Maca is a plant from the Andes area of South America. It has several different forms, such as black maca, yellow maca and red maca. Although it is edible as a vegetable, the plant also has uses in traditional medicine. Scientific studies on rodents indicate that black maca may benefit sperm production and have antidepressant effects, although studies in humans are not conclusive.
Technically known as Lepidium meyenii, maca grows only in the Andes mountains. It is restricted to a range between about 13,100 and 14,700 feet (4,000 to 4,500 m). Farmers in the area can grow it as a vegetable, as it has a root that is high in carbohydrates. Maca is closely related to turnips and radishes, as they are all part of the mustard family of plants.
Medicinal uses of the plant include treatments to improve fertility, and investigations into the potential benefits of the plant in both male and female fertility are ongoing, as of 2011. Studies on mice and rats do indicate that the root improves levels of sperm production in male rodents, and may help female rodents have more offspring. Human studies also raise the possibility that the plant helps sperm production in men, and also increases male libido.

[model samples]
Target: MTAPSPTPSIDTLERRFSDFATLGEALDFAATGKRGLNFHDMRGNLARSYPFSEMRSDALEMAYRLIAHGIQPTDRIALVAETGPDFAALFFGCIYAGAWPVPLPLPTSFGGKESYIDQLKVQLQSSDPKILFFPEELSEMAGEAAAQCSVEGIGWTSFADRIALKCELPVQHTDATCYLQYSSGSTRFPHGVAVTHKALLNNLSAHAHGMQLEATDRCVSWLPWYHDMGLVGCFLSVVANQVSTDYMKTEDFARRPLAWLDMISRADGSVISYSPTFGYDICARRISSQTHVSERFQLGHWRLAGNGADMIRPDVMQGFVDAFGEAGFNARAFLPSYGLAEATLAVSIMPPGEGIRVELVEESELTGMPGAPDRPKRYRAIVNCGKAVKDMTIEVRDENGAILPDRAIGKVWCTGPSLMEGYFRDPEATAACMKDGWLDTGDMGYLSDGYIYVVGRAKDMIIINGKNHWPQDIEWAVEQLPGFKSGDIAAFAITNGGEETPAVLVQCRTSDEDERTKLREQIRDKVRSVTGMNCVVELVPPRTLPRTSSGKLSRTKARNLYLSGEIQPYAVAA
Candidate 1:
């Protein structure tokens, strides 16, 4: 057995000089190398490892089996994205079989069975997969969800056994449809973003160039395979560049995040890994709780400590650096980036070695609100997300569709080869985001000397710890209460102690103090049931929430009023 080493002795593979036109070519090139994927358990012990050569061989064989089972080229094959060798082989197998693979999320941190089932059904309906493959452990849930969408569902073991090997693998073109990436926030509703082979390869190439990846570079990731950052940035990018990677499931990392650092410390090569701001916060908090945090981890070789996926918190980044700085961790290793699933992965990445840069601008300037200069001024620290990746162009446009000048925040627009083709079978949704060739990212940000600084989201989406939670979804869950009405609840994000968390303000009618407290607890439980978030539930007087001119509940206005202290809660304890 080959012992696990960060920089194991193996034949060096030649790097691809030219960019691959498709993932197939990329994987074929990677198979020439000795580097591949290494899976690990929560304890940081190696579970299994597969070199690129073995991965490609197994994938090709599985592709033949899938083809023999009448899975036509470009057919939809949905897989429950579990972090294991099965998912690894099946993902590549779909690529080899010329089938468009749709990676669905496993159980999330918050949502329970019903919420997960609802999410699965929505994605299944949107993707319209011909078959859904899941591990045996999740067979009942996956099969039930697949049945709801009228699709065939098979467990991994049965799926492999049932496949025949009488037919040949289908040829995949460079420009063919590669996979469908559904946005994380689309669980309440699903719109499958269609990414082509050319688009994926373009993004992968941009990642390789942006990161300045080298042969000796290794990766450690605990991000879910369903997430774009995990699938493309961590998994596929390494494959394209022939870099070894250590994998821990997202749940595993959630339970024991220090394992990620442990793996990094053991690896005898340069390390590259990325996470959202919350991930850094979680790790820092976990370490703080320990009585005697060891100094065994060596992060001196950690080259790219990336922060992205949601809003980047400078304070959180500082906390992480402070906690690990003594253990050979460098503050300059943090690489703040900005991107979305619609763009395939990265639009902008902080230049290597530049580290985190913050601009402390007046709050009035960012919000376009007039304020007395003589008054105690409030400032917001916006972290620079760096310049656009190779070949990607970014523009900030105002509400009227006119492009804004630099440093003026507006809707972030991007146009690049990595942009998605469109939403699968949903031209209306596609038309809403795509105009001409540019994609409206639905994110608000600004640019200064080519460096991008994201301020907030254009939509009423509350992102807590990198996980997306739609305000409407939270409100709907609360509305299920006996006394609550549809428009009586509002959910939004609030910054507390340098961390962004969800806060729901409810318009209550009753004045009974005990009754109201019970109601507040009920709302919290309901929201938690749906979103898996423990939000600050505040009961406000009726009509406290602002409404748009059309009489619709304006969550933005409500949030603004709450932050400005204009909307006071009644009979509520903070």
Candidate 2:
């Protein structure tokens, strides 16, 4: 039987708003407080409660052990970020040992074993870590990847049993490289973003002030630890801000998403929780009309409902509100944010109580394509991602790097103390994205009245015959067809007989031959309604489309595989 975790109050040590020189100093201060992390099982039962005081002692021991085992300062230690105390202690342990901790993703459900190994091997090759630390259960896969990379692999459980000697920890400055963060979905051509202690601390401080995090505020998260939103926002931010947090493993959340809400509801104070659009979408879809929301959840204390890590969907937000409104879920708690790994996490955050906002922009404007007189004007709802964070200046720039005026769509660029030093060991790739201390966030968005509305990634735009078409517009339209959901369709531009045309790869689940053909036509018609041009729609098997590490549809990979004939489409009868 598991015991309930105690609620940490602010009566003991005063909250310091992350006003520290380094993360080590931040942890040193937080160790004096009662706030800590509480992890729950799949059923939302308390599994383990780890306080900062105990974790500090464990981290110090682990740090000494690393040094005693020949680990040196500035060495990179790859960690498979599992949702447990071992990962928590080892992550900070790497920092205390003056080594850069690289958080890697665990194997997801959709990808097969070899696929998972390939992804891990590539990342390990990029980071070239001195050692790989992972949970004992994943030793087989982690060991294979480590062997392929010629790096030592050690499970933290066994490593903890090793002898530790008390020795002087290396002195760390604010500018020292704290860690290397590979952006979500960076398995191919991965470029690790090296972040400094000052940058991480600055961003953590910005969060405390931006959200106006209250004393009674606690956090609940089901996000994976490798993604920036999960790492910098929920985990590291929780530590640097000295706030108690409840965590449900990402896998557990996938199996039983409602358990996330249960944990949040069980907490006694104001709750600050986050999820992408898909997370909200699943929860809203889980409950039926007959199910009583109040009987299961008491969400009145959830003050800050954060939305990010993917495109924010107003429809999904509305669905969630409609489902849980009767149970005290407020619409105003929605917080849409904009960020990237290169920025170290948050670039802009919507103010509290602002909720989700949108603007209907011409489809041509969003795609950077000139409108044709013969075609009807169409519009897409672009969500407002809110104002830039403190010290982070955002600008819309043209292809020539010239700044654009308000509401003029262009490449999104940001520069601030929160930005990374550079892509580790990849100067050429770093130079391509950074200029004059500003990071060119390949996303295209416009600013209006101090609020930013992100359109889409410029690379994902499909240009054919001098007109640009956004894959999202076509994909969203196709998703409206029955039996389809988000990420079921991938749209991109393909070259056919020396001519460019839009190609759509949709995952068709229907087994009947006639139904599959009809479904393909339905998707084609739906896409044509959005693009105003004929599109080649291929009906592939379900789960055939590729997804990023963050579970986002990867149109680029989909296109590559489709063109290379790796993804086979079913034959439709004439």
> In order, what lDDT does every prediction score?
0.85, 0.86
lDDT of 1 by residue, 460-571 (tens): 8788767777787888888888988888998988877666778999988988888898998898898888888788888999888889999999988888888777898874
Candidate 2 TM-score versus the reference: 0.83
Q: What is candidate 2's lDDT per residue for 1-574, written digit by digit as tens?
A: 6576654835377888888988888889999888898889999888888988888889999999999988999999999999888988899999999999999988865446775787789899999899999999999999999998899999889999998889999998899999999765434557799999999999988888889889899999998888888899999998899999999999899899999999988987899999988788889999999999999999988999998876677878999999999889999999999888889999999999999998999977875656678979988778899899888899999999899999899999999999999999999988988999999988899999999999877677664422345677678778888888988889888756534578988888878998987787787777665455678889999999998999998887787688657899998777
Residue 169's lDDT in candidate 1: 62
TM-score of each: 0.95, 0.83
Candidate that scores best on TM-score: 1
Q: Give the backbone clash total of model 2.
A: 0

Other traditional uses of the plant include relieving tiredness, improving anemia and as a treatment for tuberculosis infections. Due to the proven fertility and libido effects of the plant, the maca is also known as the Peruvian ginseng, after the Asian plant with similar purported effects. While yellow maca is the most common form of the maca plant, it is black maca which is most associated with possible reproductive benefits.
The part of black maca that usually is eaten or otherwise taken as herbal medicine is the root, or the hypocotyl. This is a thick, tuber-like structure which sits above ground below the leaves, much like the long middle portion of a beansprout. Varieties of maca tend to get their names from the color of the hypocotyl of the plant. Cooked or raw maca are options for the consumer, but the hypocotyl or root can also be processed into other forms. These include a flour of ground maca, a toasted powder for coffee, or a powder for use in capsule or tablet form.
As the plant has not been formally studied in detail, all of the potential side effects of black maca are unknown as of 2011. Goiter, which involves the swelling of the thyroid gland, is one possibility if the person who takes it also ingests too little iodine. Another possibility is that the plant may have adverse effects on the cardiovascular system.